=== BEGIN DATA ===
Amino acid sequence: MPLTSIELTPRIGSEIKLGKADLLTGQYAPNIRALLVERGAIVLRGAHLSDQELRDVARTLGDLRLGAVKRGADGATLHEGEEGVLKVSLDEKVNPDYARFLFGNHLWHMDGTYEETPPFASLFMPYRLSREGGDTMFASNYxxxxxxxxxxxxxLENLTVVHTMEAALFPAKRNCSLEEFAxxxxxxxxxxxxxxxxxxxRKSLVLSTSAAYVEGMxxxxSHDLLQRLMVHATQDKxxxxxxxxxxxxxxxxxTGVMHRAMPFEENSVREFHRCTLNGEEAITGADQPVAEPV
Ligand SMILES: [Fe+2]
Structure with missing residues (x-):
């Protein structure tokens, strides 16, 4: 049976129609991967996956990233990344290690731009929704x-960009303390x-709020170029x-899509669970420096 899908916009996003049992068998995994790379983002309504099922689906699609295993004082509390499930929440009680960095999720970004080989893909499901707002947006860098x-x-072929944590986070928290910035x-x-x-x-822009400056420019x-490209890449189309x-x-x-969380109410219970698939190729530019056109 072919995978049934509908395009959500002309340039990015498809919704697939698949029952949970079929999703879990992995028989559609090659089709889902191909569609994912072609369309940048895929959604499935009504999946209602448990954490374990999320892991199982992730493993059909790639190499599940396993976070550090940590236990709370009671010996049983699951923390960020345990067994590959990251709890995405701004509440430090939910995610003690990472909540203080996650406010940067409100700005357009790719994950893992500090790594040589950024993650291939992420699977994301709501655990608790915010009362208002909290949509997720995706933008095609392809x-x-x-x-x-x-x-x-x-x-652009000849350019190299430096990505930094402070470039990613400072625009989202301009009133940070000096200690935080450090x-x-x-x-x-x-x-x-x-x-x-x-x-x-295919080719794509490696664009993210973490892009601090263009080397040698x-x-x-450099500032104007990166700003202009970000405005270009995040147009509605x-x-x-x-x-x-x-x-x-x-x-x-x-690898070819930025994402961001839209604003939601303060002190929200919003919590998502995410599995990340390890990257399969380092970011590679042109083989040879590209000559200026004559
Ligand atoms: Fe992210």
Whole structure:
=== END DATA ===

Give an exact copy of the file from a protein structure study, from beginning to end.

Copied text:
Amino acid sequence: MPLTSIELTPRIGSEIKLGKADLLTGQYAPNIRALLVERGAIVLRGAHLSDQELRDVARTLGDLRLGAVKRGADGATLHEGEEGVLKVSLDEKVNPDYARFLFGNHLWHMDGTYEETPPFASLFMPYRLSREGGDTMFASNYxxxxxxxxxxxxxLENLTVVHTMEAALFPAKRNCSLEEFAxxxxxxxxxxxxxxxxxxxRKSLVLSTSAAYVEGMxxxxSHDLLQRLMVHATQDKxxxxxxxxxxxxxxxxxTGVMHRAMPFEENSVREFHRCTLNGEEAITGADQPVAEPV
Ligand SMILES: [Fe+2]
Structure with missing residues (x-):
């Protein structure tokens, strides 16, 4: 049976129609991967996956990233990344290690731009929704x-960009303390x-709020170029x-899509669970420096 899908916009996003049992068998995994790379983002309504099922689906699609295993004082509390499930929440009680960095999720970004080989893909499901707002947006860098x-x-072929944590986070928290910035x-x-x-x-822009400056420019x-490209890449189309x-x-x-969380109410219970698939190729530019056109 072919995978049934509908395009959500002309340039990015498809919704697939698949029952949970079929999703879990992995028989559609090659089709889902191909569609994912072609369309940048895929959604499935009504999946209602448990954490374990999320892991199982992730493993059909790639190499599940396993976070550090940590236990709370009671010996049983699951923390960020345990067994590959990251709890995405701004509440430090939910995610003690990472909540203080996650406010940067409100700005357009790719994950893992500090790594040589950024993650291939992420699977994301709501655990608790915010009362208002909290949509997720995706933008095609392809x-x-x-x-x-x-x-x-x-x-652009000849350019190299430096990505930094402070470039990613400072625009989202301009009133940070000096200690935080450090x-x-x-x-x-x-x-x-x-x-x-x-x-x-295919080719794509490696664009993210973490892009601090263009080397040698x-x-x-450099500032104007990166700003202009970000405005270009995040147009509605x-x-x-x-x-x-x-x-x-x-x-x-x-690898070819930025994402961001839209604003939601303060002190929200919003919590998502995410599995990340390890990257399969380092970011590679042109083989040879590209000559200026004559
Ligand atoms: Fe992210």
Whole structure: